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blame (blām)
Share:
tr.v. blamed, blam·ing, blames
1. To consider responsible for a misdeed, failure, or undesirable outcome: blamed the coach for the loss; blamed alcohol for his bad behavior.
2. To find fault with; criticize: I can't blame you for wanting your fair share.
3. To place responsibility for (something): blamed the crisis on poor planning.
n.
1. The state of being responsible for a fault or error; culpability.
2. Censure; condemnation: "Hoover hazarded more in the way of federal response to economic crisis than any president before him, but his efforts were not enough to divert the blame and wrath of the American people" (Michael B. Stoff).
Idiom:
to blame
1. Deserving censure or disapproval; at fault: an investigation to determine who was to blame for the leak.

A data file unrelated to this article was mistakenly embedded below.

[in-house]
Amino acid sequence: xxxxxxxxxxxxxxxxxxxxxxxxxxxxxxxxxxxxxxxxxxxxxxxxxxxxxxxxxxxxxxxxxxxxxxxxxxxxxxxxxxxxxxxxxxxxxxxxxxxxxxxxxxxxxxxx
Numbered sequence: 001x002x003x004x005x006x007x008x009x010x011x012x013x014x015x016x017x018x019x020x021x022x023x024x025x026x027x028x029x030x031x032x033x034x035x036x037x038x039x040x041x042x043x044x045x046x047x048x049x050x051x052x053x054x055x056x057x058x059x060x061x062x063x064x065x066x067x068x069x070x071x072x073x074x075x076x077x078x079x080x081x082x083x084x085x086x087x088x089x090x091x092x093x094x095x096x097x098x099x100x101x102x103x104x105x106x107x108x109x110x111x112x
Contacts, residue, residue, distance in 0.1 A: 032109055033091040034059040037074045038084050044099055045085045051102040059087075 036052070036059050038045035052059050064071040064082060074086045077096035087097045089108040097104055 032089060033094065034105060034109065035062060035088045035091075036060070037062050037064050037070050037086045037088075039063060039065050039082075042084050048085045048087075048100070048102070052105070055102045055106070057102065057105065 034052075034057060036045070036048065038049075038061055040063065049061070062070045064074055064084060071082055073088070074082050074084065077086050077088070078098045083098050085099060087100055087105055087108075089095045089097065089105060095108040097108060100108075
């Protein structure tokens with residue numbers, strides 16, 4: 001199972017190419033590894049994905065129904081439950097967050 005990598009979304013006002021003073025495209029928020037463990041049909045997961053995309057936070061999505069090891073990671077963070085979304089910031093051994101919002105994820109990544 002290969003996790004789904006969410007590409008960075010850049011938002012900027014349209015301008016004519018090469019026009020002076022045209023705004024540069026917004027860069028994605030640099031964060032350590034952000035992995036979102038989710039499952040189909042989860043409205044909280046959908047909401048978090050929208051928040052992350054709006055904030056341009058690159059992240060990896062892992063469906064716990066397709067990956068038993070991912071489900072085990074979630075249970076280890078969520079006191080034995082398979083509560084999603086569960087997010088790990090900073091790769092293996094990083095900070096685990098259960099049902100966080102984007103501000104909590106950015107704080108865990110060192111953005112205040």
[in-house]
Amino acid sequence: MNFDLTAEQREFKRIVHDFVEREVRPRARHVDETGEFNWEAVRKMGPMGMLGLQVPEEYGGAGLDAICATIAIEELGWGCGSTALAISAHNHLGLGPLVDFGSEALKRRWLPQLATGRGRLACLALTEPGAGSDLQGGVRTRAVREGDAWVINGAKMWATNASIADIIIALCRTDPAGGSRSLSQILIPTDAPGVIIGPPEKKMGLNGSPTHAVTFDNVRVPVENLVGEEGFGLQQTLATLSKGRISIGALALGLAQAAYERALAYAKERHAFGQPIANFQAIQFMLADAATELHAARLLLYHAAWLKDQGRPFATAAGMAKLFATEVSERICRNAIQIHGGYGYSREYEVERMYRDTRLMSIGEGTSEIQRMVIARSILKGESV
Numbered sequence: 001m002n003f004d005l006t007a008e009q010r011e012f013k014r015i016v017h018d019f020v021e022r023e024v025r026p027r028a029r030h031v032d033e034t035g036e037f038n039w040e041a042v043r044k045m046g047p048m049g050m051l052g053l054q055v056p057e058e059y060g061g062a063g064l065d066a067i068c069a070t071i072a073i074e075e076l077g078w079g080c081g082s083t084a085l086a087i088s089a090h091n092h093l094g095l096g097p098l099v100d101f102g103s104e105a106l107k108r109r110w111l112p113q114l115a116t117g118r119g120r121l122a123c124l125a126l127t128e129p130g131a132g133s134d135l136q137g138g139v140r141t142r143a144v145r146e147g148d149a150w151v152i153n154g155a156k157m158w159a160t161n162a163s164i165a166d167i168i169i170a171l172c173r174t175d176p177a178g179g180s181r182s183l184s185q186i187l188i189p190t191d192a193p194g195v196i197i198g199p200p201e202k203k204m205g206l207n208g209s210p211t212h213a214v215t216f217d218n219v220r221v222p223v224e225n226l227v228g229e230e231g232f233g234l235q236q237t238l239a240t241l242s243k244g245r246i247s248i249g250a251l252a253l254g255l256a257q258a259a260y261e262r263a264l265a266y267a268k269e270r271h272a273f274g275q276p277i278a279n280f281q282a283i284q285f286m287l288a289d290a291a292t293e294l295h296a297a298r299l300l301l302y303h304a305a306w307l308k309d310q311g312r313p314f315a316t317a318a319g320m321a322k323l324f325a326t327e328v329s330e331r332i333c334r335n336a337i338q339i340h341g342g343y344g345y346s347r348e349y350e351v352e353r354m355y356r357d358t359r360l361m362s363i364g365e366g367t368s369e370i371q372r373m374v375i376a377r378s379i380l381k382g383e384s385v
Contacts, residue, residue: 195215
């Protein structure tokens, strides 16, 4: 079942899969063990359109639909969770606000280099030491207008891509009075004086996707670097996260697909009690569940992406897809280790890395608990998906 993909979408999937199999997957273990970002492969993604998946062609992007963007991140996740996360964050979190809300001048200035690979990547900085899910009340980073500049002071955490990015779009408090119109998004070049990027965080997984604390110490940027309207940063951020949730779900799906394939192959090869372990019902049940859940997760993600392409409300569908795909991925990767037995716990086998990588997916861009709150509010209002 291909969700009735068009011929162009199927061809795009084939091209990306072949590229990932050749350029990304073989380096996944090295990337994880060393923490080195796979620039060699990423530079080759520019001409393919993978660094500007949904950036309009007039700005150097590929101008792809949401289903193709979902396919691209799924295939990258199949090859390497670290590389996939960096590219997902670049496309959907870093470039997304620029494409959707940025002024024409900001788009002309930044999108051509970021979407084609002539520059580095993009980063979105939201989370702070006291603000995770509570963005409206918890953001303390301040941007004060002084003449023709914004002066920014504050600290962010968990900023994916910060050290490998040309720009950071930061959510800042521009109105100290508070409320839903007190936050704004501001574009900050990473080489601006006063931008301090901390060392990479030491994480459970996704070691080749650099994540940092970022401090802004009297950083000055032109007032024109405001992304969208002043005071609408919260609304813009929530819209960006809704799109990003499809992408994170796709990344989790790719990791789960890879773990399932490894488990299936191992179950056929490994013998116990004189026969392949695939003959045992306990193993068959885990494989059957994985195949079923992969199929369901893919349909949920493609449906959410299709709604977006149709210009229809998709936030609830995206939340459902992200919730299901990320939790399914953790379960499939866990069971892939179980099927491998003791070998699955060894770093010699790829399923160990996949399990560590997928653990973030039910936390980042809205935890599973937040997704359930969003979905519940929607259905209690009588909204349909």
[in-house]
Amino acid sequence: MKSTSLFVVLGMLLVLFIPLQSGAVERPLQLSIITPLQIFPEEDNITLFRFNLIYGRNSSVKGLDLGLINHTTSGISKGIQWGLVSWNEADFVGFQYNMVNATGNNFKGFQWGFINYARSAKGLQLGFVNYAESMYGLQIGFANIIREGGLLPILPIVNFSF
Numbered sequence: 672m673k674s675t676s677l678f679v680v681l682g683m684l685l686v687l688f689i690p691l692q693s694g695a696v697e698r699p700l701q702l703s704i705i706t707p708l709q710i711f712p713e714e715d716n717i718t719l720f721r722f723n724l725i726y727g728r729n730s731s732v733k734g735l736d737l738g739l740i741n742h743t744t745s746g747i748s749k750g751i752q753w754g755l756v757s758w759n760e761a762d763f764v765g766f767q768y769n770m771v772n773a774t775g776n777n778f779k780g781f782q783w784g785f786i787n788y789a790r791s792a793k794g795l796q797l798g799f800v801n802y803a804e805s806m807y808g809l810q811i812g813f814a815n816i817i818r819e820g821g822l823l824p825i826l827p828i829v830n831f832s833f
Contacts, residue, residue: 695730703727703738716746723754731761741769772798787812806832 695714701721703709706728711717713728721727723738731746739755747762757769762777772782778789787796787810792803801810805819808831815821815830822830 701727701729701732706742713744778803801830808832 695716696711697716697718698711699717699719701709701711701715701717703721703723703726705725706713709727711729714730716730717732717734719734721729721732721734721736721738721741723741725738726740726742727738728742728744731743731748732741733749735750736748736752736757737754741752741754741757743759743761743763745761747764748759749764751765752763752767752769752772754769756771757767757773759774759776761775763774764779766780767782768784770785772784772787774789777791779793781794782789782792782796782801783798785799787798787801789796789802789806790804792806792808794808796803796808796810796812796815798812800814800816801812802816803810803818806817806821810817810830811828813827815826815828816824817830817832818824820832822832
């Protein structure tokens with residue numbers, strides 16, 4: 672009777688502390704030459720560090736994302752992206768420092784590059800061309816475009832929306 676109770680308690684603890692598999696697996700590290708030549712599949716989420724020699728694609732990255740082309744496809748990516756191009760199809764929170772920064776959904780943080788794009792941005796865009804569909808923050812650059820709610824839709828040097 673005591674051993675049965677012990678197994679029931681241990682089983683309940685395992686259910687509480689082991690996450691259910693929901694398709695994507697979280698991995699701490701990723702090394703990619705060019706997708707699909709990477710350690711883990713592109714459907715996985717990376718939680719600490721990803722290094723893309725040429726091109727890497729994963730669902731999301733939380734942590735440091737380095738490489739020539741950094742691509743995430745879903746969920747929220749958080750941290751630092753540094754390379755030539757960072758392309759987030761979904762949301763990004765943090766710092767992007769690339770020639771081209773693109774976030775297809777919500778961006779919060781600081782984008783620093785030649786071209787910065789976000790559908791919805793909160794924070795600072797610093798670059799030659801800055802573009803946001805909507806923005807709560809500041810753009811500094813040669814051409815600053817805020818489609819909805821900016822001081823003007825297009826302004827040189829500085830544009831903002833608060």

2. Being the cause or source of something: A freak storm was to blame for the power outage.

[Middle English blamen, from Old French blasmer, blamer, from Vulgar Latin *blastēmāre, alteration of Late Latin blasphēmāre, to reproach; see BLASPHEME.]

blama·ble, blamea·ble adj.
blama·bly, blamea·bly adv.
blamer n.

Synonyms: blame, fault, guilt
These nouns denote responsibility for an offense or error. Blame stresses the assignment of accountability and often connotes censure or criticism: The police laid the blame for the accident on the driver.
Fault suggests a failure or deficiency on the part of the responsible party: It's my own fault that I wasn't prepared for the exam.
Guilt applies to willful wrongdoing and stresses moral or legal transgression: The prosecution had evidence of the defendant's guilt.

The American Heritage® Dictionary of the English Language, Fifth Edition copyright ©2017 by Houghton Mifflin Harcourt Publishing Company. All rights reserved.
 

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